Beatrice Webb's typescript diary, 6 March 1911-8 December 1916


1911 Spring, Shaw, Bland and others leave Fabian Executive. National Insurance Bill introduced, controversy about contributions. May, N.C.P.D. [National Committee for the Prevention of Destitution] conference. Autumn, Fabian Reform Committee formed. Webbs leave for long-p1anned journey around the world, visiting Canada, Japan, Korea, Manchuria, China, Malaya, Burma and India. Sidney and Beatrice Webb, The Prevention of Destitution; Sidney writes Fabian Tract 159.

1912 Beatrice joins I.L.P. [Independent Labour Party] and is elected to Fabian executive; promotes joint campaign of Fabians and I.L.P. for 'National Minimum'. September-October, N.C.P.D. wound up, Fabian Reform Committee dissolved. Beatrice sets up large Fabian Committee on 'The Control of Industry' , and Fabian Research Department. Webbs planning new weekly journal. Sidney appointed honorary Professor of Public Administration in the University of London (post held (at L.S.E.) until 1927).

1913 Webbs involved in attempt by Socialist International to unite different socialist groups in Britain. April, New Statesman begins weekly publication. September, Beatrice directs Fabian Summer School. Webbs deliver successful series of lectures in King's Hall, London. Sidney and Beatrice Webb, English Local Government V: The Story of the King's Highway.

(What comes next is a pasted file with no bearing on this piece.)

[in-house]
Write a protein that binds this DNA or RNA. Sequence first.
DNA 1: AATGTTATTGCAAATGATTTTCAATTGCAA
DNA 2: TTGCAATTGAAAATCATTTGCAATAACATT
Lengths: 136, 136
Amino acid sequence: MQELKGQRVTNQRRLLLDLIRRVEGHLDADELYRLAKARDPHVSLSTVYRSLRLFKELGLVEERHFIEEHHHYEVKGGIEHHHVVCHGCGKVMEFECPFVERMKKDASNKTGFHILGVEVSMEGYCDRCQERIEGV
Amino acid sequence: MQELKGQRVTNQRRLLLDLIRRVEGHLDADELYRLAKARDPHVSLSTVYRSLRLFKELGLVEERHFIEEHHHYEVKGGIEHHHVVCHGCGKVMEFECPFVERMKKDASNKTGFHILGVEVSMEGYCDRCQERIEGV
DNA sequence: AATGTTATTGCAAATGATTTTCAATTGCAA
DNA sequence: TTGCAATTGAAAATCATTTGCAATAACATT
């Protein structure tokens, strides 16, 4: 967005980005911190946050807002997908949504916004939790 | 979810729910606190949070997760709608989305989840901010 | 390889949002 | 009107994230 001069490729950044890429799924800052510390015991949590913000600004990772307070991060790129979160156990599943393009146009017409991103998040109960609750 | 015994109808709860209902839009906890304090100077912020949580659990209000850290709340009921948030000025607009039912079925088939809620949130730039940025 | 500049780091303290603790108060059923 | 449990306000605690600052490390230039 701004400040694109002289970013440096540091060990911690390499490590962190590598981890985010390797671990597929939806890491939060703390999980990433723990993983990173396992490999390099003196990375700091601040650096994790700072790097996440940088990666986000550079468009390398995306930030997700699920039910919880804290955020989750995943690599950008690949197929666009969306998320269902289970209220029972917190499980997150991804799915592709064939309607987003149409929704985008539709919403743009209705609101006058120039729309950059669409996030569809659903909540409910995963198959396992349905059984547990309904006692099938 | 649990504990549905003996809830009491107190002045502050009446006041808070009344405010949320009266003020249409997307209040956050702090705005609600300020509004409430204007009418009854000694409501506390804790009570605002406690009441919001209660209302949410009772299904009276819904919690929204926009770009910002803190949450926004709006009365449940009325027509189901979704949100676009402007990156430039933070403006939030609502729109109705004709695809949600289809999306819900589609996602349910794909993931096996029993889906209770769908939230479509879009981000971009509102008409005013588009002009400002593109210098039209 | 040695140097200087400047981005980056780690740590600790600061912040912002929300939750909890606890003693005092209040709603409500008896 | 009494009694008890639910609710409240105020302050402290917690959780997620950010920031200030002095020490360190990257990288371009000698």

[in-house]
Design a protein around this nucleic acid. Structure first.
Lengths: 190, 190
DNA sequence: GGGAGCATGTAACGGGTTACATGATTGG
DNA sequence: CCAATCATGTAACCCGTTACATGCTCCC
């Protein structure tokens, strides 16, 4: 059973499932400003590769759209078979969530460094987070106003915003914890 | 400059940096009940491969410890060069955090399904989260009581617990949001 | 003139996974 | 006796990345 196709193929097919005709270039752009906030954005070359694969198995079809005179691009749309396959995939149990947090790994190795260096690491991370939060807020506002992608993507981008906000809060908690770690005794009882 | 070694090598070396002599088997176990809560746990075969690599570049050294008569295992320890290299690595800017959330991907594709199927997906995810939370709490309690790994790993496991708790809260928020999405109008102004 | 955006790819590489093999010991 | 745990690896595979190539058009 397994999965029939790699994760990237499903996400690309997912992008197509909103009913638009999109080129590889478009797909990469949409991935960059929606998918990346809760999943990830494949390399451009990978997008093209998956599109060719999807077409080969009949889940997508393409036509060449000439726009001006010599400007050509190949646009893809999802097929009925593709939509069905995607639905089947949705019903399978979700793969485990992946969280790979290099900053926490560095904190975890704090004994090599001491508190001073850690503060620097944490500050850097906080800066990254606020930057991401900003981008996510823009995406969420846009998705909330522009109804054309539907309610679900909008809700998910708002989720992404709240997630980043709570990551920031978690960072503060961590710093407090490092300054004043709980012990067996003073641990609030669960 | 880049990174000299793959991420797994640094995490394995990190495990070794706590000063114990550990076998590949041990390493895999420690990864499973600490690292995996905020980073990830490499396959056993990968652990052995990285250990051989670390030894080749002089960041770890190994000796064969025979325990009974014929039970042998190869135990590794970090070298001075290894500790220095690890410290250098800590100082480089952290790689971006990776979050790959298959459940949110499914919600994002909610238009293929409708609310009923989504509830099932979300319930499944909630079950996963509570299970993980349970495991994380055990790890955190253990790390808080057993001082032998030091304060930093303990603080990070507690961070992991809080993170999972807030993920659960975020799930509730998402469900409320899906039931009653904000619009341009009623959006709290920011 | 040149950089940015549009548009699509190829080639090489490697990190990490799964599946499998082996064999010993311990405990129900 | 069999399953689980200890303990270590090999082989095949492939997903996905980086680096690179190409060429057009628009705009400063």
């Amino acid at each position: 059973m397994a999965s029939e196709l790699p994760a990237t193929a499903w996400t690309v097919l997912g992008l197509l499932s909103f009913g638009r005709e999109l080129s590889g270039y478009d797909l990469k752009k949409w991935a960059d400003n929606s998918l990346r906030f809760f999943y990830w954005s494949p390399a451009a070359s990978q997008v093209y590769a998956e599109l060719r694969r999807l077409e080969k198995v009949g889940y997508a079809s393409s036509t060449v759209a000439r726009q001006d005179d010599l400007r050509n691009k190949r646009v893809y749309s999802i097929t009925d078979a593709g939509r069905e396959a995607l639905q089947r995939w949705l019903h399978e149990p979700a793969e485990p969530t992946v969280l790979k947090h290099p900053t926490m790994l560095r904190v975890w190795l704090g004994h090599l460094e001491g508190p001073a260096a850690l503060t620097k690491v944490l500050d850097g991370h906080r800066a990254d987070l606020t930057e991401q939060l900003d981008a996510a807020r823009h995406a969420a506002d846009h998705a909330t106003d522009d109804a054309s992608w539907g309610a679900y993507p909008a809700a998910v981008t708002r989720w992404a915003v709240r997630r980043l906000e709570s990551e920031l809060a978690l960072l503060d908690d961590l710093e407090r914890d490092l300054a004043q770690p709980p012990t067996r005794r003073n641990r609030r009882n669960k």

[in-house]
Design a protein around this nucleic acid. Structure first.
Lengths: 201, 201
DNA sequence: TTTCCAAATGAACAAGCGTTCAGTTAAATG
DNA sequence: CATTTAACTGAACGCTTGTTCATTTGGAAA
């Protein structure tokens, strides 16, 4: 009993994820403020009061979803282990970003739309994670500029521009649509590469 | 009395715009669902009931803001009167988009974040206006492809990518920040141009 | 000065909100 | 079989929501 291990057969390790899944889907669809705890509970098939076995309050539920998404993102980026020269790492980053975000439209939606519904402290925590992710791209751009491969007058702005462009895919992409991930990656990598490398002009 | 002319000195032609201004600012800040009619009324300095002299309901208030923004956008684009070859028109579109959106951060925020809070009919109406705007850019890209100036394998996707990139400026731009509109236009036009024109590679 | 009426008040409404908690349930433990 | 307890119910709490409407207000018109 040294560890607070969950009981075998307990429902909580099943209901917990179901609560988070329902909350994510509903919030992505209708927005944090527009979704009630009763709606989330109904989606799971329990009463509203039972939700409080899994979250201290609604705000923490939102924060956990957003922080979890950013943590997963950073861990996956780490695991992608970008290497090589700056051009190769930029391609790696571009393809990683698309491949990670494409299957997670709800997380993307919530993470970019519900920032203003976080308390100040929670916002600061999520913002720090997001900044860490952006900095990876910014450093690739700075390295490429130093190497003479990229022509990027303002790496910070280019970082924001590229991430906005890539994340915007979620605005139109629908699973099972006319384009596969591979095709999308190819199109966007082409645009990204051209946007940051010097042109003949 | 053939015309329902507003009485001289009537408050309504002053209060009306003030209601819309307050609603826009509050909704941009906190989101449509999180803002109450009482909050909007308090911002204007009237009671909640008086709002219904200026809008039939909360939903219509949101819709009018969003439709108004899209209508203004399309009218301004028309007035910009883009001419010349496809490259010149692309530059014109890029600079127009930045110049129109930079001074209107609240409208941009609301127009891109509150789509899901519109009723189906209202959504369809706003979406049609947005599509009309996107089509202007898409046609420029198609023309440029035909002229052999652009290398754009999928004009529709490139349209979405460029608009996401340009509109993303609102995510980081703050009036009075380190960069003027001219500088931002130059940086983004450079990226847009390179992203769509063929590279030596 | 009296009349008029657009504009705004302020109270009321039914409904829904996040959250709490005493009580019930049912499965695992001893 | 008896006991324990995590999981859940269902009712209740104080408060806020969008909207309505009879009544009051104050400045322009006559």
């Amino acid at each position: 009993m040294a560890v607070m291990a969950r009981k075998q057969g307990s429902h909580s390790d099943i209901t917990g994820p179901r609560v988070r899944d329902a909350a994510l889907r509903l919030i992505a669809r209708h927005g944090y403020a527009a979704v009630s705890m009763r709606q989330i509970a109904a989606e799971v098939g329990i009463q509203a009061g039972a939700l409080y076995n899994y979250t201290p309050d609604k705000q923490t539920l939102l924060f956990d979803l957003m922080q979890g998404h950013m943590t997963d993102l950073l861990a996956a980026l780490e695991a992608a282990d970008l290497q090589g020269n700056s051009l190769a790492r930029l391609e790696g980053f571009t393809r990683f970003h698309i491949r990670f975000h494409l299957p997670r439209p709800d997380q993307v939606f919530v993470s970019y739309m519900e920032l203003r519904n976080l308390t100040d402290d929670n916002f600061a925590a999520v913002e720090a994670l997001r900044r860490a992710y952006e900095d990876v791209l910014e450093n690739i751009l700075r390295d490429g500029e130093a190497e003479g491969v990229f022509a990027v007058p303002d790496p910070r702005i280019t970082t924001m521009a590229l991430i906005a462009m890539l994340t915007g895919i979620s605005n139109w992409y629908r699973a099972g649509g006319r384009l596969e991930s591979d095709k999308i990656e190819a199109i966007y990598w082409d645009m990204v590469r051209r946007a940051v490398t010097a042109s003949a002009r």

1914 Guild Socialist 'Right Moment' group — G.D.H. Cole, W. Mel1or, H.J. Gillespie — challenges Webbs in Fabian Society. August, outbreak of war. Sidney joins War Emergency Workers Committee and begins to collaborate with Arthur Henderson. Webbs commission Leonard Woolf to draft schemes for prevention of War and international government. Sidney writes Fabian Tract 176: The War and the Workers.

1916 January, Beatrice appointed to Statutory Committee on Pensions: April, attends convention of No-Conscription Fellowship. Sidney becomes member of Labour Party Executive: opposes participation in Lloyd George coalition formed in December; begins to draft Labour's peace aims for party conference in January 1917: Labour After The War. Sidney Webb and Arnold Freeman, Great Britain after the War.

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